Virtualizing Your Clinical Trials

Contributed by:

Anthony Costello, VP of Mobile Health, Medidata

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With modern innovation and advances in medical technology, clinical studies and the way they’re conducted are changing. The traditional method of having to travel to a lab, hospital, or test site is inconvenient. Although facility-based studies have consumed the research market for the last century, it should no longer be a mandatory requirement for much of today’s clinical trials.

With innovative advances, site-less clinical research is on the rise. Virtual trials, as they’re often called, allow communication between trial participants and facilitators — and data collection — without the need for face-to-face visits and site visits.

Virtual Trials 101: What You Need to Know

Virtual trials are simply clinical trials that aren’t 100% site-based and use mobile and digital technology to help relay information. These trials can be referred to by different names, including:

Virtual trials
Decentralized trials
Remote trials
Digital trials
Site-less trials
Direct-to-patient trials
D2P trials
Hybrid trials

With the assistance of cutting-edge technologies, clinical research and trials can now range from 100% on-site research to 100% off-line with no face-to-face contact, and many fall somewhere in between. This “Trial Dial” allows for clinical trials to reach the needs of its participants, researchers, and sponsors while remaining consistent and efficient with data collection and management.

Is There Really a Need for Virtualization?

It’s estimated that fewer than 10%1 of Americans have participated in a clinical study. Researchers and trial sites often struggle to get patients to participate and fully engage with the study throughout its duration. Less than 7% ever follow through and complete a clinical trial.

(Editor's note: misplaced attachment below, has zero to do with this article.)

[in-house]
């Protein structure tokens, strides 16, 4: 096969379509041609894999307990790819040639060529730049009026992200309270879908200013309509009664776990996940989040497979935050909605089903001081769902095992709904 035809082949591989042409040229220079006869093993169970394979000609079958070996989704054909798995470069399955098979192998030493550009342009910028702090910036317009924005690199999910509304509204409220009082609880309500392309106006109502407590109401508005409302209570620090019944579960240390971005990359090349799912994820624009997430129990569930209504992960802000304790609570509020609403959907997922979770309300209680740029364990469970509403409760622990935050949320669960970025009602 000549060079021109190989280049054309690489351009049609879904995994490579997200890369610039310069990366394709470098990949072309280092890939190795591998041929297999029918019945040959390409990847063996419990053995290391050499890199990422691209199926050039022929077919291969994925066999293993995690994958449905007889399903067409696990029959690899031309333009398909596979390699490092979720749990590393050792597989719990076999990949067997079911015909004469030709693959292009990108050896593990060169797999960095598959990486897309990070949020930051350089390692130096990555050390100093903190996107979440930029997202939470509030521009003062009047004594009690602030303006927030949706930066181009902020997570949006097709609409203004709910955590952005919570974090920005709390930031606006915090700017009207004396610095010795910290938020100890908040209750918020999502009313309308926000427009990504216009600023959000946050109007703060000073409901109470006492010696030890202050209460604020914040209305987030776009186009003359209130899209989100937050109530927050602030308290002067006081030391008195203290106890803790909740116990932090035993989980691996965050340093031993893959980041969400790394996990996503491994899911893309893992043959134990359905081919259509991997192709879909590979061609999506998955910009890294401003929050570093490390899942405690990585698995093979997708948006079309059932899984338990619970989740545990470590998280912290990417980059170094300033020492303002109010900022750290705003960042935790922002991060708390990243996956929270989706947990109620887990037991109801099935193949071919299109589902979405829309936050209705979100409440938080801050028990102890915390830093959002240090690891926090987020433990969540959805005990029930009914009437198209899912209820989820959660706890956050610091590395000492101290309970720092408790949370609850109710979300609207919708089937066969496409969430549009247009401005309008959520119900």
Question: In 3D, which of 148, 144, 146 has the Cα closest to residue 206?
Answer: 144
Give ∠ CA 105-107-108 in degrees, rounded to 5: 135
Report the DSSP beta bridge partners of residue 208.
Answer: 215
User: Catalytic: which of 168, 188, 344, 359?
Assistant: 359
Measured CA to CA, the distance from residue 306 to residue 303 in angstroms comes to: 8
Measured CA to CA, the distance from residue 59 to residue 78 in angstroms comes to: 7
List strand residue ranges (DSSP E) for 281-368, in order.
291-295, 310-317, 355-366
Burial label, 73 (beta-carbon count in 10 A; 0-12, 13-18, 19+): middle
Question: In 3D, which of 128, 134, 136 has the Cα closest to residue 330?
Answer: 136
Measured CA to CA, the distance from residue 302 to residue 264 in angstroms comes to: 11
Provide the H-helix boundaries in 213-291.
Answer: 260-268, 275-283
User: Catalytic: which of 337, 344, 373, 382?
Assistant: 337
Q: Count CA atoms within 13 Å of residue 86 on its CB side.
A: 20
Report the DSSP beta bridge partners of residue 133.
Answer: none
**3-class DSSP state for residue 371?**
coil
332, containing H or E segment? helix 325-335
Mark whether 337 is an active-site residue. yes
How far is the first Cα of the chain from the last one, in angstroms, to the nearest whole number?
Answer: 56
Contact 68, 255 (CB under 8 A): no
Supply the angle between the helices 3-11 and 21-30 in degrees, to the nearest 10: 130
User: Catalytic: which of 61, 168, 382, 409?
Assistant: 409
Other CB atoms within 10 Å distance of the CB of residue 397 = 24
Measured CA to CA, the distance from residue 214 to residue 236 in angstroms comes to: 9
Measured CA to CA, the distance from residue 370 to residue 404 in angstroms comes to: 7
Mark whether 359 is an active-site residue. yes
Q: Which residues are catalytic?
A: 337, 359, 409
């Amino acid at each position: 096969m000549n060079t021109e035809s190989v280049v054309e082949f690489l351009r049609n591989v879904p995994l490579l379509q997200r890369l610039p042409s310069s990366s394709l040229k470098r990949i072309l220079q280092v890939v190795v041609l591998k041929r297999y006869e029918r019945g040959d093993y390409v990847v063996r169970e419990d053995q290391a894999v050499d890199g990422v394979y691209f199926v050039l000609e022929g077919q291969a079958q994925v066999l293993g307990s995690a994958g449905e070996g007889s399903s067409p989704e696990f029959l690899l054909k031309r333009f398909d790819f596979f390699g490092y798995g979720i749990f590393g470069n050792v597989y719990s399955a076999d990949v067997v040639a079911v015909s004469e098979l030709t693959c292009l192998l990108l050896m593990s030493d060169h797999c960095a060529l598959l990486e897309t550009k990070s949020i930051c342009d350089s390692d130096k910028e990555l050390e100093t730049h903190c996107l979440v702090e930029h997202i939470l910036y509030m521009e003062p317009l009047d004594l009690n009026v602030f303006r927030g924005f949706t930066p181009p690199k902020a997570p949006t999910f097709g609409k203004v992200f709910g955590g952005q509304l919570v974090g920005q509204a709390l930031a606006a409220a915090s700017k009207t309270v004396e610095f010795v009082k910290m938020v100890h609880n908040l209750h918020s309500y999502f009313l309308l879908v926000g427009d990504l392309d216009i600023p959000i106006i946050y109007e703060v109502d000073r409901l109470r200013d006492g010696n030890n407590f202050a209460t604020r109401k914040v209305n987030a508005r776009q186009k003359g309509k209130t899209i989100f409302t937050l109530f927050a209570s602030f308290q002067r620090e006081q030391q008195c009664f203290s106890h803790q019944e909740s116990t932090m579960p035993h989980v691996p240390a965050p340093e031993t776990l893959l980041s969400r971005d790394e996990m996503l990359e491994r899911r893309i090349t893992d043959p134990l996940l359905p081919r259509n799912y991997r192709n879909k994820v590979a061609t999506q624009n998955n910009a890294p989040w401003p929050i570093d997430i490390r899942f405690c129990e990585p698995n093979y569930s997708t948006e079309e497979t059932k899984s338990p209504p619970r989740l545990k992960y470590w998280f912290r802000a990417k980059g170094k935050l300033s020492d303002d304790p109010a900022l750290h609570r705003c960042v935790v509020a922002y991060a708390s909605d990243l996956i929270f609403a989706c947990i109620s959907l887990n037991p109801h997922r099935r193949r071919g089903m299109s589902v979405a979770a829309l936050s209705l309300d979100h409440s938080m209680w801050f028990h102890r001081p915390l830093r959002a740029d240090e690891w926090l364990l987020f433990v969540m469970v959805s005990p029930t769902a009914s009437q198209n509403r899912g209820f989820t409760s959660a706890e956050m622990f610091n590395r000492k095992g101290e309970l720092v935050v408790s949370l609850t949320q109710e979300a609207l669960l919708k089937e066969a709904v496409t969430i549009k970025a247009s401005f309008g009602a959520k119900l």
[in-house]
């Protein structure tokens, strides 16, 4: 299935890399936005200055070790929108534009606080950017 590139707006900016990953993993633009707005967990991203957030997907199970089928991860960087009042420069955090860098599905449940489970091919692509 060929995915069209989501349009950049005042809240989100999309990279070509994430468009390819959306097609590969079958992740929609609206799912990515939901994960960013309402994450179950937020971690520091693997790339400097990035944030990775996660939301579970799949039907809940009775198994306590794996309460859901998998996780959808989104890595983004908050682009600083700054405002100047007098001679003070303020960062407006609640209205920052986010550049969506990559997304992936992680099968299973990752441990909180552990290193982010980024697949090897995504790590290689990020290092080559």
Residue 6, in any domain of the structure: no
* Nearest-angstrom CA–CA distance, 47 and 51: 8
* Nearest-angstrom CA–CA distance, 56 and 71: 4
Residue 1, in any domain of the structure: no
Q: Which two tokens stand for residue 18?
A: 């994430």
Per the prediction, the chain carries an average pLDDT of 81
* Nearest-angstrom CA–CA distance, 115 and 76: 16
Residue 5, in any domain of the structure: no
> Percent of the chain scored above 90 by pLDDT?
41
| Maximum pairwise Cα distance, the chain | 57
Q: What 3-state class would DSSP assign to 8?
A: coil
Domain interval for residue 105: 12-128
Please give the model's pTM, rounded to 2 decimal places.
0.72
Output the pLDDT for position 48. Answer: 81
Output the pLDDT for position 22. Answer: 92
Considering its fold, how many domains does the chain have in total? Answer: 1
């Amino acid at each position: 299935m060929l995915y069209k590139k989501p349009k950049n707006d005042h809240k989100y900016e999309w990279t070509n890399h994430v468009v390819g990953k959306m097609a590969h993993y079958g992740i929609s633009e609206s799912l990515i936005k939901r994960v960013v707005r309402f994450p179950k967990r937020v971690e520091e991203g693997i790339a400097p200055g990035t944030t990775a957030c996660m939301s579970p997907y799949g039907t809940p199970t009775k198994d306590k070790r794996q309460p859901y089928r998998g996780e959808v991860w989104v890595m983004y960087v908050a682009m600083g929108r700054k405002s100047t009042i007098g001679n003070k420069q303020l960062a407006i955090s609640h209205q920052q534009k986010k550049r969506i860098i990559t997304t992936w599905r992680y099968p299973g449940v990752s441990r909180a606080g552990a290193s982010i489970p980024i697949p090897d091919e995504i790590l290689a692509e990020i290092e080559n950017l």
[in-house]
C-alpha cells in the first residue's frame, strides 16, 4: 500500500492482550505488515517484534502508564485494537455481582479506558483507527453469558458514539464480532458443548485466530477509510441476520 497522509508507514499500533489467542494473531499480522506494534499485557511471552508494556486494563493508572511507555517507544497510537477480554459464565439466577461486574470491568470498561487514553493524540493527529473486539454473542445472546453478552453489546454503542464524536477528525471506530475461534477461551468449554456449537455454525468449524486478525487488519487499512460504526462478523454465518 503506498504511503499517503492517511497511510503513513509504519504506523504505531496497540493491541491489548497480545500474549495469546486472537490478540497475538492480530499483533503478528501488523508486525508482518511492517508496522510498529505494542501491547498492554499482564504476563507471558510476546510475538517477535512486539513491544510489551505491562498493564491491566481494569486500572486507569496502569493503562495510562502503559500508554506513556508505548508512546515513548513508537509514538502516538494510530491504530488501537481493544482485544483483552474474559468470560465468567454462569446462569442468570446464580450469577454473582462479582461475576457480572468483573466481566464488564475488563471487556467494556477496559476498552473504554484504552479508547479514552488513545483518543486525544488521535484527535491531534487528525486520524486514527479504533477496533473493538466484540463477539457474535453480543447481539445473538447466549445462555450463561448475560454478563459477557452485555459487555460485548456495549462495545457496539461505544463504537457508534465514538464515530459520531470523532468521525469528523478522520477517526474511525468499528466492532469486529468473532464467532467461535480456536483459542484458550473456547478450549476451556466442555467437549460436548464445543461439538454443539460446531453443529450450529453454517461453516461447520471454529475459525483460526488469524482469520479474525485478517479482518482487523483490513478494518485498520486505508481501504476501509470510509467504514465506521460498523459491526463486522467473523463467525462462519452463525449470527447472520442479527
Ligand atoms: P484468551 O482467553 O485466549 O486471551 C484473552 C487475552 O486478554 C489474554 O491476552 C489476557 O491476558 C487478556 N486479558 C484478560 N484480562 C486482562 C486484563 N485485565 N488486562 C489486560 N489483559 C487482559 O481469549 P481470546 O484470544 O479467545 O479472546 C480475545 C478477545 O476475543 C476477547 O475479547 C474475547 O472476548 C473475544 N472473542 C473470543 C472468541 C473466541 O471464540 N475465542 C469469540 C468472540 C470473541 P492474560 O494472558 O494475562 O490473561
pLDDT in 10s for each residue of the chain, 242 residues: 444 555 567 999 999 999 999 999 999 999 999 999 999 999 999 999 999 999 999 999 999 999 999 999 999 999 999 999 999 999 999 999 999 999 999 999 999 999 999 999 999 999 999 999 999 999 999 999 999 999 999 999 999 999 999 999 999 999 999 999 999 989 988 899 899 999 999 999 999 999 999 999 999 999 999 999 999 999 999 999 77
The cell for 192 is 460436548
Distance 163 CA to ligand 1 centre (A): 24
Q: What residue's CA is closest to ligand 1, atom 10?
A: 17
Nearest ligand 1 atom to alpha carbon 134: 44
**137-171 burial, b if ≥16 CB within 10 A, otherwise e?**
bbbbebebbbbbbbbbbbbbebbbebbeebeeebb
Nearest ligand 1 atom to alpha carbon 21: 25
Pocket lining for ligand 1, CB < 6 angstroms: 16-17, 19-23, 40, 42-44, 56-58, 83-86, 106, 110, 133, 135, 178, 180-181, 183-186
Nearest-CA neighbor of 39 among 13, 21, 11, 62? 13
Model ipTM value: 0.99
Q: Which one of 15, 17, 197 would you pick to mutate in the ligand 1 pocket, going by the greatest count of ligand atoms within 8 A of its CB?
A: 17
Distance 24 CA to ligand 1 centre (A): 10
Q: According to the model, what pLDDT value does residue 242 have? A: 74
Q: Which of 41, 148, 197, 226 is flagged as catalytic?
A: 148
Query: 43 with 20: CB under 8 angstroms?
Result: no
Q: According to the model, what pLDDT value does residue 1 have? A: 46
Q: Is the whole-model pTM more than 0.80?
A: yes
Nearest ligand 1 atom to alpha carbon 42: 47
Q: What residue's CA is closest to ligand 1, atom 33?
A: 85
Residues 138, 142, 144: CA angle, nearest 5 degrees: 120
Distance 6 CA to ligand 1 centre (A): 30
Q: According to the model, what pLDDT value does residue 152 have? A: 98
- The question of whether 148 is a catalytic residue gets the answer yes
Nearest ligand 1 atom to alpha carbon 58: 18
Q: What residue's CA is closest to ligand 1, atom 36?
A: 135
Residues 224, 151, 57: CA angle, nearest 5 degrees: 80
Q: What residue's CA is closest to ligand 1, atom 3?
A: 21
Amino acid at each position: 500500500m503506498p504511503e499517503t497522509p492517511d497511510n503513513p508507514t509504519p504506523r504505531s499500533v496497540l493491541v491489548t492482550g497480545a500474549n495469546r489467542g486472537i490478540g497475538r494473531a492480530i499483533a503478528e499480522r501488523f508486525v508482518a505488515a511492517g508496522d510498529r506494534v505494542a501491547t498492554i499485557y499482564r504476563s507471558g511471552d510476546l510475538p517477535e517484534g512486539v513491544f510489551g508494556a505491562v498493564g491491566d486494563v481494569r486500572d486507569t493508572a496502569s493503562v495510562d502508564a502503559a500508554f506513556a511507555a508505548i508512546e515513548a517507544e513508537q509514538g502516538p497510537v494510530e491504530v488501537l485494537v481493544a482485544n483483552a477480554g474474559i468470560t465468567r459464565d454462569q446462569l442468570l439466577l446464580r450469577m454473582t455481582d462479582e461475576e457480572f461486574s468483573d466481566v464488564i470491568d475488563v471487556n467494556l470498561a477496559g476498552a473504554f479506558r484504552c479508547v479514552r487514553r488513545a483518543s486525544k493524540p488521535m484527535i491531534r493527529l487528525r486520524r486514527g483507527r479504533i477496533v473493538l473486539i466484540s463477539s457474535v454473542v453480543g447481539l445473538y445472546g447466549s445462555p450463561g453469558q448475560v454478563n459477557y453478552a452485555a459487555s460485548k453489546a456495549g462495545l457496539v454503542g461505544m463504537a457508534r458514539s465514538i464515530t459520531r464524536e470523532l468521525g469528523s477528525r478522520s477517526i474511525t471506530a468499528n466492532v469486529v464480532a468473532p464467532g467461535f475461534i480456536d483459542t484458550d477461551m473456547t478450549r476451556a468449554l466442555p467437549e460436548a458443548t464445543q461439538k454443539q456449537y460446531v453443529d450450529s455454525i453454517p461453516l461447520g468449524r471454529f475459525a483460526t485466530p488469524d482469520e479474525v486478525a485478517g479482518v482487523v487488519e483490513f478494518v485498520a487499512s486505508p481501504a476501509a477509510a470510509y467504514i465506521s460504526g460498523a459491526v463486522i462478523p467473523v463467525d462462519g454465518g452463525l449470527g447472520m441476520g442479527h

But virtualization of clinical trials changes these statistics. Medidata is running one of the largest virtual trials, the ADAPTABLE Study where we have seen significant improvement, with 48.4% of interested patients end up consenting to the trial and an estimated 95% following through until the trial’s completion.

What Are the Benefits of Virtual Trials?

It’s no surprise we’ve seen the participation statistics improve with virtual trials. With traditional, on-site trials, 23%2 of participants were unhappy with site location, and 11%2 felt it was too time-consuming to travel back and forth to the research facility or clinic, causing 30%3 to drop out of studies. What’s more, nearly 35%4 of patients were lost to the study due to some sort of misunderstanding, whether it was their obligations, what they were to do, or what was going to happen.

Virtualization eliminates these pain points for participants and keeps patients engaged for the duration of the trial. But remote clinical trials do more than just increase participation and commitment. By utilizing technological advances like connected sensors and direct data capturing tools, we see an increase in patient convenience, and we also have an improvement in data quality. Researchers can increase both the size and diversity of their participant pool, making it more representative of their targeted population. With the automatic digital transmitting of data and the elimination of human error, data is more consistent and reliable.

Virtualization also significantly decreases the cost of clinical trials. There’s less overhead with fewer site management costs, if any, and with so many more participants engaging in the trial, there is less money lost due to patient drop out.

What Kinds of Technology Are Used in Virtual Trials?

As virtual clinical trials become more popular, researchers become more adept at solving the challenges presented. Platforms like Medidata’s make the process even easier.

Depending on the needs of each particular trial, participants may e-sign consent forms or use an app to complete diaries providing information about how they’re feeling or what they’re doing. Patients may wear a sensor that relays information from blood glucose level to how many hours they sleep at night. And to make analyses even easier, data can be kept on a unified platform, where it’s easily available to researchers, doctors, and sponsors, each with their own level of privileges.(PV)

Editor’s Notes:
1 2017 Research America, An Alliance for Discoveries in Health – Public Perception of Clinical Trials
2 2017 CISCRP Perceptions & Insights Study
3 2006 Impact Report – Tufts CSDD
4 2013 CISCRP Report on Ineligible Participants and Those Who Terminate Participation Early

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